Musicians think outside the squeeze box

Music: Three-day festival scheduled in Okotoks on June 27-29

By: Tammy Rollie

  |  Posted: Wednesday, Jun 25, 2014 07:53 am

Accordion player Harvinder Davé will perform in the Accordion Association of Calgary’s three-day festival and competition in the Foothills Centennial Centre June 27-29. The annual festival features performances by accordion and piano players of all ages from across Alberta.
Accordion player Harvinder Davé will perform in the Accordion Association of Calgary’s three-day festival and competition in the Foothills Centennial Centre June 27-29. The annual festival features performances by accordion and piano players of all ages from across Alberta.
Jordan Verlage/OWW

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How one instrument can sound like an entire orchestra continues to amaze a Heritage Heights musician.

Harvinder Davé started playing the accordion when she was 13-years-old and is still charmed by the instrument’s unique ability to produce such a variance of sounds.

“It’s different sounds to make up the whole orchestra,” she said. “When you go to the Calgary Philharmonic Orchestra an accordion can do that. It’s very unusual and it’s always a challenge. It’s really varied.”

Okotokians will have the opportunity to hear its capabilities in solo, duet, chamber group and ensemble performances during the Accordion Association of Calgary’s three-day festival and competition in the Foothills Centennial Centre June 27-29.

Davé is among dozens of musicians from across western Canada competing and performing in the event.

The festival kicks off at 7 p.m. on June 27 with a concert by accordion adjudicator Mary Tokarski, of Connecticut, and piano adjudicator Evangeline Mabley, a graduate of the University of Calgary, followed by a 25th year celebration for the Accordion Association of Calgary.

Eighty musicians from across western Canada will compete in piano and accordion categories including classical, jazz, pop, folk and ethnic music June 28 starting at 9 p.m. The event is free and will be followed by an awards ceremony at 5 p.m., a competition of junior and senior ensembles and a concert of chamber groups and accordion orchestras.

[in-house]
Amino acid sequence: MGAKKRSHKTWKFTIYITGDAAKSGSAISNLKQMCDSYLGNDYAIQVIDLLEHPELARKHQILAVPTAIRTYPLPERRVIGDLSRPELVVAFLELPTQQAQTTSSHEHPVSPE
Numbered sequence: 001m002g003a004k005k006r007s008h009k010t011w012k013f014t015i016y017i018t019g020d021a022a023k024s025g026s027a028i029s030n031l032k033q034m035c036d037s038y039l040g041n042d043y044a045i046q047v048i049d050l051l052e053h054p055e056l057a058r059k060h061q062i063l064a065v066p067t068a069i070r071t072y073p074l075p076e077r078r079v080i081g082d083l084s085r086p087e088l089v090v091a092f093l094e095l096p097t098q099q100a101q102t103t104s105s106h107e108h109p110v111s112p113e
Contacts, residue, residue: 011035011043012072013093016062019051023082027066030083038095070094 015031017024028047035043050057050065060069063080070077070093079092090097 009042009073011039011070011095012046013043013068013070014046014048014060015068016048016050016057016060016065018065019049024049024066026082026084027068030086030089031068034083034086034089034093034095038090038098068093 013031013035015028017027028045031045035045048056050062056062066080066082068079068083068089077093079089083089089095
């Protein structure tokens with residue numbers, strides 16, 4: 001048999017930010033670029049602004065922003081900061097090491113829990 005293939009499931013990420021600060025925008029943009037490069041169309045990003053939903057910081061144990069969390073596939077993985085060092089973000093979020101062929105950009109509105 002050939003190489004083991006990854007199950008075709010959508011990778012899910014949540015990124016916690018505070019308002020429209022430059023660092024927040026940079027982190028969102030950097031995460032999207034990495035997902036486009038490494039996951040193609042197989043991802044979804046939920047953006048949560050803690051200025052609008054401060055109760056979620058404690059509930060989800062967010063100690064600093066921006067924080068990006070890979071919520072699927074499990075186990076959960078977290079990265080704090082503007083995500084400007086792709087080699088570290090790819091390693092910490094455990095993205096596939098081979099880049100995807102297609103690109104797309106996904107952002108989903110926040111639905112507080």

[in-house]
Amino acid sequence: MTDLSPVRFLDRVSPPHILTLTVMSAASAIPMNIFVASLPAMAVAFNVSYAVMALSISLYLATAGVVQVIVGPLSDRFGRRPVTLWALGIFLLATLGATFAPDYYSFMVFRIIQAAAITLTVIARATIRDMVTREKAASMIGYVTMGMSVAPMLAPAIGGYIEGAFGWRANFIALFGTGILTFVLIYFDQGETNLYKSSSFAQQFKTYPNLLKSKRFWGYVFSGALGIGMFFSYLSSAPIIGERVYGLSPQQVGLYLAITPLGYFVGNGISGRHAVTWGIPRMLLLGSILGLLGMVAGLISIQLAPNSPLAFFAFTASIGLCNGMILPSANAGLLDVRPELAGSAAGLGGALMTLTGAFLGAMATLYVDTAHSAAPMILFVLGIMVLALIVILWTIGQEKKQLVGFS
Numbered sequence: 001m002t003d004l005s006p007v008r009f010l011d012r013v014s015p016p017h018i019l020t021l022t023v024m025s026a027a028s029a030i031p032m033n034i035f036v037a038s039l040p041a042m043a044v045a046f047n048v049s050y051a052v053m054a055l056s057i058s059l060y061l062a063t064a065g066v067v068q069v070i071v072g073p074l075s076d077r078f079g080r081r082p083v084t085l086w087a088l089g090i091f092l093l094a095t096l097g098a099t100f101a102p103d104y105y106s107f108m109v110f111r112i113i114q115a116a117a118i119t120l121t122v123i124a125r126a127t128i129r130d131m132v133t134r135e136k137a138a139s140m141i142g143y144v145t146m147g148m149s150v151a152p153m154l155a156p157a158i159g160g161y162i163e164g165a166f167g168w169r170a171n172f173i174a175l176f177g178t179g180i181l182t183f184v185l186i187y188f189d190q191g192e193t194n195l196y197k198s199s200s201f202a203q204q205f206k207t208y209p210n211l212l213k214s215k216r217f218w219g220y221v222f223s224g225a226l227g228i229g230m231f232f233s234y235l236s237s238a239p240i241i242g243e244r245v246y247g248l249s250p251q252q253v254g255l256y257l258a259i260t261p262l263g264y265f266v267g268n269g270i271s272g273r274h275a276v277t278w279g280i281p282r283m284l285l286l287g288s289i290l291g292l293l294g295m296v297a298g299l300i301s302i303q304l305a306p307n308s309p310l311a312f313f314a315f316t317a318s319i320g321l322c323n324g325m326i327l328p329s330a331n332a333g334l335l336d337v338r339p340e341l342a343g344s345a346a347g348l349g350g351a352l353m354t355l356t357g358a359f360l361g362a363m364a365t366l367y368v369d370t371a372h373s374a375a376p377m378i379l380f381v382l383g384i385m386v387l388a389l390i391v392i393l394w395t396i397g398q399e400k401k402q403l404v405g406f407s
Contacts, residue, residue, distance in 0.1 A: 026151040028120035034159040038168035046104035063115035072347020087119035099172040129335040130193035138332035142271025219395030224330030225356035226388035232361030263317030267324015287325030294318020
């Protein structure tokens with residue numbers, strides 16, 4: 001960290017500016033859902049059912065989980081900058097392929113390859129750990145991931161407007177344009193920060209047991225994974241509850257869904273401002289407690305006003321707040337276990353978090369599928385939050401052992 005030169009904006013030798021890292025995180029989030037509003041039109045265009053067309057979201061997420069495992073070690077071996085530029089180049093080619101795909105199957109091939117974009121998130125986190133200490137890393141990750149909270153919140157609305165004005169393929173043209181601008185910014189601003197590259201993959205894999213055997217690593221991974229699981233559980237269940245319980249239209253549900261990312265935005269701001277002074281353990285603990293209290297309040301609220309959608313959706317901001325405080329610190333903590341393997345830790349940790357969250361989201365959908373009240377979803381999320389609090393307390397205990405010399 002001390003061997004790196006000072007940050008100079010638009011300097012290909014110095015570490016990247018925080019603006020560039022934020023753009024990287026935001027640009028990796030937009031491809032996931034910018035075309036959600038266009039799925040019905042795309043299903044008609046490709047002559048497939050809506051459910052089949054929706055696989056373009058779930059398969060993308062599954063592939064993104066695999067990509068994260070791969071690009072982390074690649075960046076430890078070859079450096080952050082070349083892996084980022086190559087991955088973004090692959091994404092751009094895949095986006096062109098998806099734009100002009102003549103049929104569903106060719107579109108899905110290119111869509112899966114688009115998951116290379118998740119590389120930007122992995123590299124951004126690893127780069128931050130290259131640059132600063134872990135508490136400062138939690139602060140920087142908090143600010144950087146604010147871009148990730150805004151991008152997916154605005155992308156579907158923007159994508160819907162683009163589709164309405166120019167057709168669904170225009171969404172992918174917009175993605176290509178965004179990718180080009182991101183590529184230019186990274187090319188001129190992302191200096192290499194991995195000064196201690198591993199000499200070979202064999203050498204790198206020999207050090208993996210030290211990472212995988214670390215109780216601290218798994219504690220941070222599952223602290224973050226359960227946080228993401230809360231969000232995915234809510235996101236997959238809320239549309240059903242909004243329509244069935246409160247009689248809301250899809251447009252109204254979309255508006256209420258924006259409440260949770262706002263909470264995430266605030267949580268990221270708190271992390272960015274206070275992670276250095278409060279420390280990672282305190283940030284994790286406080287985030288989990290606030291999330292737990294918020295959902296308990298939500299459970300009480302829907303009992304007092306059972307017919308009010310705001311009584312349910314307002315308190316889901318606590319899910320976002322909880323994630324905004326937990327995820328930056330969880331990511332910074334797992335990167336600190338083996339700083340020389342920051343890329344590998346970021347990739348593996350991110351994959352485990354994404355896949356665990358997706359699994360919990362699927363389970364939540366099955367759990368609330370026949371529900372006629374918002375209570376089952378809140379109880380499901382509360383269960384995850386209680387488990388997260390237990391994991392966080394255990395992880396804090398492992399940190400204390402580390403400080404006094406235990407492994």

On June 29, bursary winners will be announced followed by performances by winning chamber groups and virtuoso solo and duet classes.

Association past-president Maureen Jarosh said the festival is an event worth seeing and hearing.

“The accordion is capable of so many sounds,” she said. “It has so many reeds in it that you can change the combinations of the reeds to get many different vibrations and sounds. You end up with an amazing orchestra sound played by accordions instead of an orchestra. That’s our claim to fame.”

Jarosh is a founding member of the association and owns and operates the Jarosh Accordion Ensemble in Calgary.

“Most of the people in these orchestras are in orchestras because they love playing in groups with other people,” she said. “It’s a solo instrument, but it works well with other groups.”

Jarosh began playing the accordion as a teenager and was hooked within a year due to the instrument’s unique capabilities.

“What you’re trying to do is play a keyboard, but out of a keyboard comes wind music,” she said. “You control the whole thing with air and you have to push and pull to make all of this air go through these two sets of keyboards. I consider it the most physically demanding instrument. You have to have really good coordination skills to be able to manipulate it to its best results.”

Jarosh and Davé met as teenagers while taking music lessons in Calgary and reconnected again 10 years ago when Jarosh invited Davé to join her ensemble.

Davé said she hadn’t played the accordion in years, but took up the instrument again upon Jarosh’s insistence and now plays her Italian Titano accordion weekly.

She will perform this weekend as part of an ensemble, chamber group and a duet with Jarosh, who writes the ensemble’s music with genres ranging from Cirque du Soleil to classical.

“It’s not your typical polka music, it’s a whole range,” Davé said. “That’s what keeps me interested is the type of music she composes and gives us to play. The range is much greater when you play in a group than when you play in a duet.”

Davé encourages those who never heard a solo, duet, ensemble or orchestra on the accordion to take in this weekend’s festival.

“People should come out and see what the accordion can really do,” she said.

“People think it’s an older person’s instrument, but it really is not. I think they will be pleasantly surprised.”

Tickets to see the festival’s evening concerts cost $15 each night or $25 for both evenings. Tickets can be purchased at the door, at www.accordion-now.com or by calling 403-253-0830. Children ages 12 and under are free.


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